Fourteen horses have won the Kentucky Derby and the Preakness Stakes since Affirmed won the Triple Crown in 1978. American Pharoah is the 14th. The other thirteen have come up short. Smarty Jones finished second in the 2004 Belmont for the most recent close call. Real Quiet and Silver Charm were on the cusp in 1998 and 1997, respectively, but neither could finish the job.

All eyes are on now on the June 6 Belmont Stakes.

Loria Strikes Again

Miami Marlins owner Jeffrey Loria does not have a good reputation in baseball circles. After the Marlins were no-hit for 8.2 innings by Shelby Miller on Sunday, Marlins manager Mike Redmond was told to clean out his office. After a lot of speculation throughout the day on Sunday, the Marlins have settled on GM Dan Jennings to manage the club on an interim basis. Jennings has zero managerial experience, unless you count a brief stint as a high school manager in the late 1980s.

Loria will have a very hard time finding a manager. Since 2003, he has fired Jeff Torborg, Fredi Gonzalez, Joe Girardi, Ozzie Guillen, and now Redmond. Loria is still paying Guillen to not be the manager. This is a toxic job and everybody around the league knows it.

Major League Baseball will launch an investigation into the Marlins because it appears that they failed to satisfy the “Selig Rule”, which is a lot like the NFL’s “Rooney Rule”. The Marlins hired a Caucasian manager and clearly did not take the time to interview, or even consider, a minority manager. The Milwaukee Brewers appeared to violate this provision with the hiring of Craig Counsell after Ron Roenicke was fired earlier this month, but nothing ever came of it.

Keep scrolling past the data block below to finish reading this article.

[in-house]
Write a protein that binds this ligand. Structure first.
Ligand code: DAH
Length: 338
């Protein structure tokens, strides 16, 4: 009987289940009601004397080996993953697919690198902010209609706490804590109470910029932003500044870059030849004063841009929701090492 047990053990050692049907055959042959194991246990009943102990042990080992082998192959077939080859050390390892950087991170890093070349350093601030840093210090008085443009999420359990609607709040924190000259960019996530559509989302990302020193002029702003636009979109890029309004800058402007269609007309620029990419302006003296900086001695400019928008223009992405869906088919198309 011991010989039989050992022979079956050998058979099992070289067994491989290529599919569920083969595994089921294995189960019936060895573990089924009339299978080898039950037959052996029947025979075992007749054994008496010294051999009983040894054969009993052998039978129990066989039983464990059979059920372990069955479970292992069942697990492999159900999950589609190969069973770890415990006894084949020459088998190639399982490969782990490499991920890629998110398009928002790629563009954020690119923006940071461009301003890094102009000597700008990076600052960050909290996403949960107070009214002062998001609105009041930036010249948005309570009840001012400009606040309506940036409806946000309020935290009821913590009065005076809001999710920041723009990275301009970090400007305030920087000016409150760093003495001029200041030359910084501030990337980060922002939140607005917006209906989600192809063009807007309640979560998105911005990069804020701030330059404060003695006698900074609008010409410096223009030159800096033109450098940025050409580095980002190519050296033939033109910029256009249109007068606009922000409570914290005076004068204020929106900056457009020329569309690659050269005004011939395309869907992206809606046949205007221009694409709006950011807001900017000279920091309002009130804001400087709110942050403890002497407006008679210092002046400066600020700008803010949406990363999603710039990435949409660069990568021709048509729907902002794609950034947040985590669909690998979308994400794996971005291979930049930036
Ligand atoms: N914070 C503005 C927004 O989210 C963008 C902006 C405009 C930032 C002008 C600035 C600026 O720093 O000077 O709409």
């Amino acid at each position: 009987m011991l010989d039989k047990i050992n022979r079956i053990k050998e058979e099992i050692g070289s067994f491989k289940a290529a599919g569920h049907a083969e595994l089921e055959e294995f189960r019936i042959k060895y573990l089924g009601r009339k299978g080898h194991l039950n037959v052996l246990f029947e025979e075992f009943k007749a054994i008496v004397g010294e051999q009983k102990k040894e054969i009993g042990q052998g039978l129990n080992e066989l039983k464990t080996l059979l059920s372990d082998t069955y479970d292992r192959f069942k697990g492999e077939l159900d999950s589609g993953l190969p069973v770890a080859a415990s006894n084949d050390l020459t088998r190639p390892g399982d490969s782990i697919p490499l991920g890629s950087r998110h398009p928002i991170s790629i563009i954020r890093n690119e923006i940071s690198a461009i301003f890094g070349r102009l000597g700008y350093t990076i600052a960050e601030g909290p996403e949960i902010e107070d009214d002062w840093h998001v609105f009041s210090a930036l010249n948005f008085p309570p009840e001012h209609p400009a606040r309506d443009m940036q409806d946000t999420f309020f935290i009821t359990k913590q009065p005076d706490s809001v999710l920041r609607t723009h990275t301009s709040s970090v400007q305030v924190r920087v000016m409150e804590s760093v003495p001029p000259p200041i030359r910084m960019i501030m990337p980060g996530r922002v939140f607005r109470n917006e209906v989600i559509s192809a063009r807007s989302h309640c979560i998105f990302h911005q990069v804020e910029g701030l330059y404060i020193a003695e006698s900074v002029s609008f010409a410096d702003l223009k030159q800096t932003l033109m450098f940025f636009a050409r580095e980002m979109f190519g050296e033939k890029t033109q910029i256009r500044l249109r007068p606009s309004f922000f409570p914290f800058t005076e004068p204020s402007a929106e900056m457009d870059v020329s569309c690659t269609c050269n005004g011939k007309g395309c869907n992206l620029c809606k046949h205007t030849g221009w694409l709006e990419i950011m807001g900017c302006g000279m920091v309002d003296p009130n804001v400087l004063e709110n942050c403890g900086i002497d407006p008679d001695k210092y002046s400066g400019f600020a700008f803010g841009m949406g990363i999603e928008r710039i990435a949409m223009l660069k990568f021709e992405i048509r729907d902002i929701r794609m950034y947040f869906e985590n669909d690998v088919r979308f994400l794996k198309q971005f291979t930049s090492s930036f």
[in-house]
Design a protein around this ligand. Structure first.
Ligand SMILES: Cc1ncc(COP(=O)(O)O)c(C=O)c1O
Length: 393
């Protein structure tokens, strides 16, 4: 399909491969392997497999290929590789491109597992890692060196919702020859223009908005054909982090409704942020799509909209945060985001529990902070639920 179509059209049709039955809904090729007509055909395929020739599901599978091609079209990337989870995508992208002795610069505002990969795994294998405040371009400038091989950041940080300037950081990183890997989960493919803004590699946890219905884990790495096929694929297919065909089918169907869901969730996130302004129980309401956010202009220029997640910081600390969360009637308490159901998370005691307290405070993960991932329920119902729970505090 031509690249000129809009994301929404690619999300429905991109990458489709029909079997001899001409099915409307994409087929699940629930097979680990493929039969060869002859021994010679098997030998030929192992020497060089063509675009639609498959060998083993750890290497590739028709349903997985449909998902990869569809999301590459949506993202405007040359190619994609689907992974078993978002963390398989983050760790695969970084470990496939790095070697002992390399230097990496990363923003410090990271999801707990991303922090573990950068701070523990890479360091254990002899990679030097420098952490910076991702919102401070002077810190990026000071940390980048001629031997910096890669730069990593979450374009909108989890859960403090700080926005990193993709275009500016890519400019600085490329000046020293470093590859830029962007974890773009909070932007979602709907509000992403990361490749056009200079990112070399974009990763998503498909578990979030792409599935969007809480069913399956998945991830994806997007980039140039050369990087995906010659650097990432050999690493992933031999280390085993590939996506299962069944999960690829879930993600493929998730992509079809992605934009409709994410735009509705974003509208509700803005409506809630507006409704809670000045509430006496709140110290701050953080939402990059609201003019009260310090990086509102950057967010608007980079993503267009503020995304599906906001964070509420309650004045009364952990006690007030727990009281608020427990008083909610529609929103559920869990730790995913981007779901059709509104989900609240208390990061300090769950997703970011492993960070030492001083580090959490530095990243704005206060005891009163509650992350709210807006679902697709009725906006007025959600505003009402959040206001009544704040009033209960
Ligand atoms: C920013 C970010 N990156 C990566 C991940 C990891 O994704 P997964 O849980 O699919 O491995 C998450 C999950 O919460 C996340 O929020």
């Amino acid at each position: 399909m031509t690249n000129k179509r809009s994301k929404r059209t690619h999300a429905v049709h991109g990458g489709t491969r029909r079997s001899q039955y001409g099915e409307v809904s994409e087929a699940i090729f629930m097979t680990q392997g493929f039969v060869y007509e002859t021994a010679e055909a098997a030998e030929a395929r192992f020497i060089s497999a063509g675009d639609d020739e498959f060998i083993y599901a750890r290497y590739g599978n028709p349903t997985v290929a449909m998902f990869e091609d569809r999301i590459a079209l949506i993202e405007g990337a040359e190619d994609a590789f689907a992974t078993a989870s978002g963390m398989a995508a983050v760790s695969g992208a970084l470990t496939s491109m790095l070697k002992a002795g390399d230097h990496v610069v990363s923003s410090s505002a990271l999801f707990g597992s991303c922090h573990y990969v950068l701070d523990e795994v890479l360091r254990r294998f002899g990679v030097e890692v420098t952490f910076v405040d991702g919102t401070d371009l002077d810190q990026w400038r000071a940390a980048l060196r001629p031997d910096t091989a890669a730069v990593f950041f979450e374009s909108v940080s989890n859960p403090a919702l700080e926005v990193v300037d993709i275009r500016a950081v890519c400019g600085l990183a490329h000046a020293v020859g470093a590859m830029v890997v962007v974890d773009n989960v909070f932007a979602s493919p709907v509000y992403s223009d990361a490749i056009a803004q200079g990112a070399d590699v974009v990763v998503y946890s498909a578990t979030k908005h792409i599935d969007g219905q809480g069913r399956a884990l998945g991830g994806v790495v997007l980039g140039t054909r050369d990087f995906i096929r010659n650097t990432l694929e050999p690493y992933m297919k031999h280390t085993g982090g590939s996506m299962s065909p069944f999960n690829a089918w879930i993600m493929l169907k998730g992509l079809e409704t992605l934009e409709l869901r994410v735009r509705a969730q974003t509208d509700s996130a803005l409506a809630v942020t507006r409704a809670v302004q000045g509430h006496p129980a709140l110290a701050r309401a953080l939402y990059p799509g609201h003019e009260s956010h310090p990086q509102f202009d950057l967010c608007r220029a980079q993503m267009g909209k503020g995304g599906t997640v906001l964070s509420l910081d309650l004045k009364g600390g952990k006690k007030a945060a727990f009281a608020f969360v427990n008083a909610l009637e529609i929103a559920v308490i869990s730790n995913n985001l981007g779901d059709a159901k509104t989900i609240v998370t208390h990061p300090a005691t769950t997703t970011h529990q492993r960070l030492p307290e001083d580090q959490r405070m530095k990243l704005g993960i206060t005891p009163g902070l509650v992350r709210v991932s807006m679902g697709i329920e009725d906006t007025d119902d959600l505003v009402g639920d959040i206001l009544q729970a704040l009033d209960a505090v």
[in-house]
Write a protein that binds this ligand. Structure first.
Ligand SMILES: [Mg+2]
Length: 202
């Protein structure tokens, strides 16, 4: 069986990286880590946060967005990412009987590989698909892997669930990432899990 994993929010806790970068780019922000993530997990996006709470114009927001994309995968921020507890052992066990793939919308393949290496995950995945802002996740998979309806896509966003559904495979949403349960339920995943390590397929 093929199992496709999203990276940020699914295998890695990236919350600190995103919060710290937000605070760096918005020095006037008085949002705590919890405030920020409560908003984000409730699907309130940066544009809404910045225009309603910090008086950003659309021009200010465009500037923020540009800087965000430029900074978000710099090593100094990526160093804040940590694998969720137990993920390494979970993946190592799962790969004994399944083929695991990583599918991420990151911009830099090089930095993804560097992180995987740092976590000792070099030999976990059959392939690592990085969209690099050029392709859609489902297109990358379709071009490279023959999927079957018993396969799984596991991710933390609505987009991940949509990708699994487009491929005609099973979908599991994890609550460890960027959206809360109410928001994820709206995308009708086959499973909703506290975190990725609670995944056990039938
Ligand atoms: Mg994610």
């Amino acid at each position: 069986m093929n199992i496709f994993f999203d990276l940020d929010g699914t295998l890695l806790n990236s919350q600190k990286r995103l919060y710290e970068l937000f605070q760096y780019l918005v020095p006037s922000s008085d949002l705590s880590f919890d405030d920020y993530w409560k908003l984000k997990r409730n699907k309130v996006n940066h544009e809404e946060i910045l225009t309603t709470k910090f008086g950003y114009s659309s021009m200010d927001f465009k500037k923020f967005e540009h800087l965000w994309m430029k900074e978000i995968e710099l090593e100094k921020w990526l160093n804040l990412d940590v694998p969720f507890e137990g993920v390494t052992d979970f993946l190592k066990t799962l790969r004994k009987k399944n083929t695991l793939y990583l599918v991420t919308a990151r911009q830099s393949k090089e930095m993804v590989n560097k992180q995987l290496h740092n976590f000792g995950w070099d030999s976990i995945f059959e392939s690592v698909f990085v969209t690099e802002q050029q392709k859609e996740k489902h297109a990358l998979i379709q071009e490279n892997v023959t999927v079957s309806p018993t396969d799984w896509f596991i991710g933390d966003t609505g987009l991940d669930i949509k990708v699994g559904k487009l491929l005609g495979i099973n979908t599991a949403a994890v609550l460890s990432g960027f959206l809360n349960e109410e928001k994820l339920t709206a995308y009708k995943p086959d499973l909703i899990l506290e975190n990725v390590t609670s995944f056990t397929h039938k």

This whole situation is a giant mess and it’s going to have a negative impact on the Marlins. Jennings has past experience as a scout, but he won’t command much respect in the clubhouse. This could be a very bad situation, even if MLB does not levy fines or penalties for violating the Selig Rule.

NHL Conference Finals Begin

The New York Rangers and Anaheim Ducks both held serve at home in Game 1 of their respective series. The Rangers were 2-1 victors on Saturday afternoon and the Ducks won 4-1 on Sunday afternoon. For the Rangers, it was their 15th consecutive one-goal game in the Stanley Cup Playoffs. They are 9-6 in those games and have won seven of them by a 2-1 score.

The Rangers and Lightning played a pretty even game, though there seemed to be a good amount of complacency for both teams. It was like the two teams were feeling each other out. Dominic Moore’s third period tally held up as the game winner, but there were some positives for the Lightning. Ben Bishop played very well and the Lightning power play stayed hot with another goal.